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Posted: June 06, 2018

Fired gym worker accused in hatchet killing of ex-boss nabbed in Kentucky

Domenic Micheli, at left, is accused of going into The Balance, the Belle Meade, Tennessee, gym where he once worked, Monday morning, June 4, 2018, and using a hatchet and another bladed weapon to kill his former boss, Joel Paavola. Micheli, 36, of Nashville, was captured Tuesday night on Interstate 65 in Bowling Green, Kentucky, after an alert motorist recognized his car. Paavola, who fired Micheli 14 months before the slaying, leaves behind a wife and five children.
Metro Nashville Police Department
Domenic Micheli, at left, is accused of going into The Balance, the Belle Meade, Tennessee, gym where he once worked, Monday morning, June 4, 2018, and using a hatchet and another bladed weapon to kill his former boss, Joel Paavola. Micheli, 36, of Nashville, was captured Tuesday night on Interstate 65 in Bowling Green, Kentucky, after an alert motorist recognized his car. Paavola, who fired Micheli 14 months before the slaying, leaves behind a wife and five children.

By Crystal Bonvillian, Cox Media Group National Content Desk

BELLE MEADE, Tenn. —

A Nashville man accused of using a hatchet to kill the gym owner who fired him last year has been caught by troopers with the Kentucky State Police, authorities said. 

Domenic Micheli, 36, was arrested Tuesday night in Bowling Green after an alert motorist on Interstate 65 recognized the Toyota Prius the fugitive was driving, the Tennessean reported. Micheli had been on the run since the slaying of Joel Paavola, 46, early Monday morning. 

“Due to the media coverage of out Nashville, the caller was able to ID the car and the subject,” Lt. Jeremy Smith, a Kentucky State Police spokesman, told the newspaper

Troopers were able to catch up with Micheli and pull him over about 25 minutes after the call from the motorist. Micheli was arrested without incident. 

Metro Nashville police officials said that Paavola, the well-known owner of Balance Training, in Belle Meade, was helping clients with a workout routine just before 7 a.m. Monday when a man, later identified as Micheli, walked in with a hatchet and another bladed weapon, described as either another hatchet or a large knife. 

Paavola fired Micheli from his job at the gym 14 months ago, the Tennessean reported

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Witnesses told police that Micheli struck Paavola with the weapons multiple times before leaving, police officials said in a statement. Paavola died on the way to Vanderbilt University Medical Center. 

“Just a senseless, brutal, violent attack this morning on Mr. Paavola as he was there in the business,” Metro Nashville Police Department spokesman Don Aaron told the Tennessean Monday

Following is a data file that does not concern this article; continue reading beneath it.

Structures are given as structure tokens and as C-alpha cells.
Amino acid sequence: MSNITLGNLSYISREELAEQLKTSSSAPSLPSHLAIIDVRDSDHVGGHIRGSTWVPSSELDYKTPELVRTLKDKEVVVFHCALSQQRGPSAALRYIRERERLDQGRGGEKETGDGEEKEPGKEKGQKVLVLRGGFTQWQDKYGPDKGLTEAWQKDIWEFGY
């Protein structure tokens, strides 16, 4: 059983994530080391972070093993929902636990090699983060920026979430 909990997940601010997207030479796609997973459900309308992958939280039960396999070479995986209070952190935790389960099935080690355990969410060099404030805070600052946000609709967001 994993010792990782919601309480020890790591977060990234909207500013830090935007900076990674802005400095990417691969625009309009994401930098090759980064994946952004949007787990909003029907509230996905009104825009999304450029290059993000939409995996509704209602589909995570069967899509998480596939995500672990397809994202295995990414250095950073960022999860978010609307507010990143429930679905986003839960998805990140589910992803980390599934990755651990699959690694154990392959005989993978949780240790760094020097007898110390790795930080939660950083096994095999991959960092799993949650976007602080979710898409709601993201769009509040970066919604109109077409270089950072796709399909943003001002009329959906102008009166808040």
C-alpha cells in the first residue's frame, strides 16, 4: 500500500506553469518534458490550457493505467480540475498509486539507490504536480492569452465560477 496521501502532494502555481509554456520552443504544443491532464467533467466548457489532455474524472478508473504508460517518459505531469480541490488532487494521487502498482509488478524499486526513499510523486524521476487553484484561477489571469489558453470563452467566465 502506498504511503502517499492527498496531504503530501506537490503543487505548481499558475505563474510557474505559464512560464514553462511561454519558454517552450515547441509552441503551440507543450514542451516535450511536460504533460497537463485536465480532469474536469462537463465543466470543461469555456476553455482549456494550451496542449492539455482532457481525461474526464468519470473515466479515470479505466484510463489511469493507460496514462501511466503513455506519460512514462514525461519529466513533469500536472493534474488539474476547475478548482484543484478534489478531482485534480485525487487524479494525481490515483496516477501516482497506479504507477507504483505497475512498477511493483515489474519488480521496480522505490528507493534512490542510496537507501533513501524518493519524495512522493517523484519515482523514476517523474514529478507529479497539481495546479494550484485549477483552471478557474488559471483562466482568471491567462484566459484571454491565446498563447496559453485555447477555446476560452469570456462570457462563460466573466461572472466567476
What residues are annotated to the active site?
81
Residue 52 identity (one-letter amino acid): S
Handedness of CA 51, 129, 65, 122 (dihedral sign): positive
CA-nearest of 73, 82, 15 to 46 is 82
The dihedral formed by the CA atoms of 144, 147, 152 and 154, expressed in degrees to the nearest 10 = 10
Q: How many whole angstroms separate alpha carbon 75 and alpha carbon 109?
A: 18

Surveillance footage from the parking garage underneath the strip mall where the gym is located showed that Micheli was driving an older model silver Yaris or Prius, the police statement saidThe Tennessean reported that the footage showed Micheli pacing in the garage before the attack on Paavola. 

The suspect was next spotted less than 90 minutes after the attack at a Gallatin urgent care facility, where he limped in and asked for a suture kit, the newspaper reported. He refused to wait or provide his personal information and left. 

Surveillance footage obtained by investigators next showed Micheli around 9:15 a.m. Monday, approaching the counter of a drugstore in Gallatin, which is about 35 miles northeast of Belle Meade. In the video, he appears to be purchasing first aid items.

At one point, he is seen examining his clothing and his arms.

Before Micheli’s arrest, investigators were searching for him as far away as Oregon and Washington, D.C., where he was known to have previously spent time. Metro Nashville police officials said Monday that Micheli was arrested by the U.S. Secret Service on April 27 for driving his car to a checkpoint near the White House and refusing to move it. 

A GoFundMe page set up to help Paavola’s family collected more than double its $75,000 goal in one day. As of Wednesday afternoon, it had amassed close to $200,000. 

“Joel Paavola was a phenomenal man, father, husband and role model,” the fundraising page read. “He was bright, happy-go-lucky and never ceased to make you smile.”

The fundraising team said that Paavola always prioritized his wife and five children, who “were the most important and loved people in his life.”

“He always put his family first, and we want that to carry on after his unfortunate passing,” the page read

Tyson Ford, a family friend who created the page, told the Tennessean that he grew up with Paavola’s oldest son. He said the trainer was a father figure to him. 

“He took in a lot of his children’s friends,” Ford, 23, told the newspaper. “You just knew you could count on him. It was humbling to feel that from someone else.”

Ford said the goal of fundraisers was to “wrap (their) arms around (the family).”

Christina Burks, a former Nashville resident, told the Tennessean that she felt compelled to donate to the cause. 

“He was more than a trainer. He was one of my best friends in Nashville,” Burks, 30, told the newspaper. “He was there for me when my grandmother passed away and when my now-husband and I started dating.

“I can’t say enough good things about him.”

Belle Meade, which gets its name from Belle Meade Plantation, has the highest per capita income in Tennessee and one of the highest in the nation. It was named by Forbes as one of the 25 top places to retire rich.

Former Vice President Al Gore is just one of the prominent residents of the city.


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